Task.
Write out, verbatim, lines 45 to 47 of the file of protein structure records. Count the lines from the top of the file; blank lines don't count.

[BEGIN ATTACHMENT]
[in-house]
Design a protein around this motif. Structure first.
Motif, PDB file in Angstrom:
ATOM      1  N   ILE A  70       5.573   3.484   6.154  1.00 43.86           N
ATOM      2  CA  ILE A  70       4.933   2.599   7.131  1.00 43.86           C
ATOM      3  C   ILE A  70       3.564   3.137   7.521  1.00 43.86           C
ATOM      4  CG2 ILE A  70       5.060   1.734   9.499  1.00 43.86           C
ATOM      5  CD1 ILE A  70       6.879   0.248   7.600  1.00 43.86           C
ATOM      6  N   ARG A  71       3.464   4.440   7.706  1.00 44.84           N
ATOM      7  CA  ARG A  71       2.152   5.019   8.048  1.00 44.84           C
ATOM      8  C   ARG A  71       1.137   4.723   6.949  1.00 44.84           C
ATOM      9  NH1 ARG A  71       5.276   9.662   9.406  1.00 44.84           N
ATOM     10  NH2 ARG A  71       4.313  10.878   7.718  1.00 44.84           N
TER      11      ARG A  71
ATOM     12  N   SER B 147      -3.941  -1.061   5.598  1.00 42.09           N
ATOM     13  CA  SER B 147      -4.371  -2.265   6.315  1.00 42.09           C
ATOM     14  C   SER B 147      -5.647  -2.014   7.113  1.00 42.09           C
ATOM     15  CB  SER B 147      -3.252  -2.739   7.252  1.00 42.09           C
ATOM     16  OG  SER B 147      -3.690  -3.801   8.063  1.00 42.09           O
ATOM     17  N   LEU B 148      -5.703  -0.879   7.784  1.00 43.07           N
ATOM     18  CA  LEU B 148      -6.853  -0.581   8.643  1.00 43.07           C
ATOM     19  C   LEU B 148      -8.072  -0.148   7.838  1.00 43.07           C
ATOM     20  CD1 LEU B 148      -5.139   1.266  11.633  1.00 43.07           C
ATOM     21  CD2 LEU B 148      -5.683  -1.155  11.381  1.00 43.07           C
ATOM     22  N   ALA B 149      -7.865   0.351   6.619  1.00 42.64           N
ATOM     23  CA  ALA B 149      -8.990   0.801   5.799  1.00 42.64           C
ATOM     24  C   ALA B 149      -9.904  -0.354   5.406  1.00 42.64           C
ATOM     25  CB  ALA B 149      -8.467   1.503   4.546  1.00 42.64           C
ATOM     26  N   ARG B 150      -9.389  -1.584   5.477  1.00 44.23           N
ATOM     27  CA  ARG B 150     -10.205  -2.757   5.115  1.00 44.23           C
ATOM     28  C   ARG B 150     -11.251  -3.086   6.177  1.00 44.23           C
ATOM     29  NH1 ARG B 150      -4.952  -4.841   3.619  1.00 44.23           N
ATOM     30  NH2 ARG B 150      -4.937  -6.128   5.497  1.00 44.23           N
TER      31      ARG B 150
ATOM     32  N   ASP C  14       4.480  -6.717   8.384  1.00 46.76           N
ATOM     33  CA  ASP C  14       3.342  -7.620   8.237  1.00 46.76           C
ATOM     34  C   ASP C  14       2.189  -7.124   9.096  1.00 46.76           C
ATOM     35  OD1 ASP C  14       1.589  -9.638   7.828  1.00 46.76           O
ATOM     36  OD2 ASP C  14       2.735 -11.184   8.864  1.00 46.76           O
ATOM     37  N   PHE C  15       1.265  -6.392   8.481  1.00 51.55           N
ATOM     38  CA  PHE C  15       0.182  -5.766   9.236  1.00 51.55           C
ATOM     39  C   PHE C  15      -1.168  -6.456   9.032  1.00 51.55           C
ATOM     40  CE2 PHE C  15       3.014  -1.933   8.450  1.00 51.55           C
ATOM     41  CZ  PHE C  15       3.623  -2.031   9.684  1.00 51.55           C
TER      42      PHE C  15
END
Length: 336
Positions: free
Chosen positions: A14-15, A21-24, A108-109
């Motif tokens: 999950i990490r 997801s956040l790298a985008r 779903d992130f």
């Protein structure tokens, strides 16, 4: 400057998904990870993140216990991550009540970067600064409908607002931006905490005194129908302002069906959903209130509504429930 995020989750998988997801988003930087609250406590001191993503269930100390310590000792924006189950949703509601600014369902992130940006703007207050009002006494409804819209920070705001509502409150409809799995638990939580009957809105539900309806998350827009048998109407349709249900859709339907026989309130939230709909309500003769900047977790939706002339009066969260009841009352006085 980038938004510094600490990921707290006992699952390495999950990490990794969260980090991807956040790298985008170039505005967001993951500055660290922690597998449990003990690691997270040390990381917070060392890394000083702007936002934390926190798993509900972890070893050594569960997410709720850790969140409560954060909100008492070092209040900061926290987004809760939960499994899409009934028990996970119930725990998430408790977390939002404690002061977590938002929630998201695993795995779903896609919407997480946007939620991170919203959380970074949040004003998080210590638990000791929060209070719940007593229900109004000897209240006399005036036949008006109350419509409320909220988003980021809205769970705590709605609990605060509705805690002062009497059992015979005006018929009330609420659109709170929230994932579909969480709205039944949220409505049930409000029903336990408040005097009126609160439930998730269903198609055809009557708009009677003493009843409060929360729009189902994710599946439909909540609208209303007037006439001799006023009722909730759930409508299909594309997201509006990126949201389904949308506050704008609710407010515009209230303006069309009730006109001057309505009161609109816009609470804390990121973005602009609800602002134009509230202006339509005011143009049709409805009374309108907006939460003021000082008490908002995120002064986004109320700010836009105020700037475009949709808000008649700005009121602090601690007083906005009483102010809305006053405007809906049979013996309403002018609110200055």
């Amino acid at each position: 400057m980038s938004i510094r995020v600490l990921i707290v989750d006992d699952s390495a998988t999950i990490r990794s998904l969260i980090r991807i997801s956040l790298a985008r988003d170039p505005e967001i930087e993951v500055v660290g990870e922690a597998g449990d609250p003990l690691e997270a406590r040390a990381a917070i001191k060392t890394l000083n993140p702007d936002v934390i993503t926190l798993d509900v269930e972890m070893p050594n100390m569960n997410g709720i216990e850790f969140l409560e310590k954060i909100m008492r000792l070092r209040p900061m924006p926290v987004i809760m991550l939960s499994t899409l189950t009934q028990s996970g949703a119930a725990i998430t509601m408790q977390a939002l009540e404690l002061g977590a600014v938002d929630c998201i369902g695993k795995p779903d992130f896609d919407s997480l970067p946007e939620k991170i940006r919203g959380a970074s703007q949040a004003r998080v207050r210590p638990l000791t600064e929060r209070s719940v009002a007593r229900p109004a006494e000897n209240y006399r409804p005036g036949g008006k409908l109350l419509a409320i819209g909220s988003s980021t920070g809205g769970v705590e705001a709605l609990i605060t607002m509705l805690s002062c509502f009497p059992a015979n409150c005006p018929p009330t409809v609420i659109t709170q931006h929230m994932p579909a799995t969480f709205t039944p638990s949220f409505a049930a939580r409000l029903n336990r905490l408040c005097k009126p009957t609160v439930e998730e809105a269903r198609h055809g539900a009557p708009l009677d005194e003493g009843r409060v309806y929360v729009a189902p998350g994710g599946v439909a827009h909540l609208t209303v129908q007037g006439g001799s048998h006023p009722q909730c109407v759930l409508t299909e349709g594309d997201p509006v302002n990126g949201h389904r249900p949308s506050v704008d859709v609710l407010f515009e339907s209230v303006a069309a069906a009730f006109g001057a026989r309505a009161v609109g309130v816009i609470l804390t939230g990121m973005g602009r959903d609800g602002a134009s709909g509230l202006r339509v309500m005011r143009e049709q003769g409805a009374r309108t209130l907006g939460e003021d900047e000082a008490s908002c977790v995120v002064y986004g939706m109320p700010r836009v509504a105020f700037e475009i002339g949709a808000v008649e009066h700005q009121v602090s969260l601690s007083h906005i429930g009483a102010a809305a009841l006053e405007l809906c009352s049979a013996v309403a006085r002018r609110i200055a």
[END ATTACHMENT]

TER      42      PHE C  15
END
Length: 336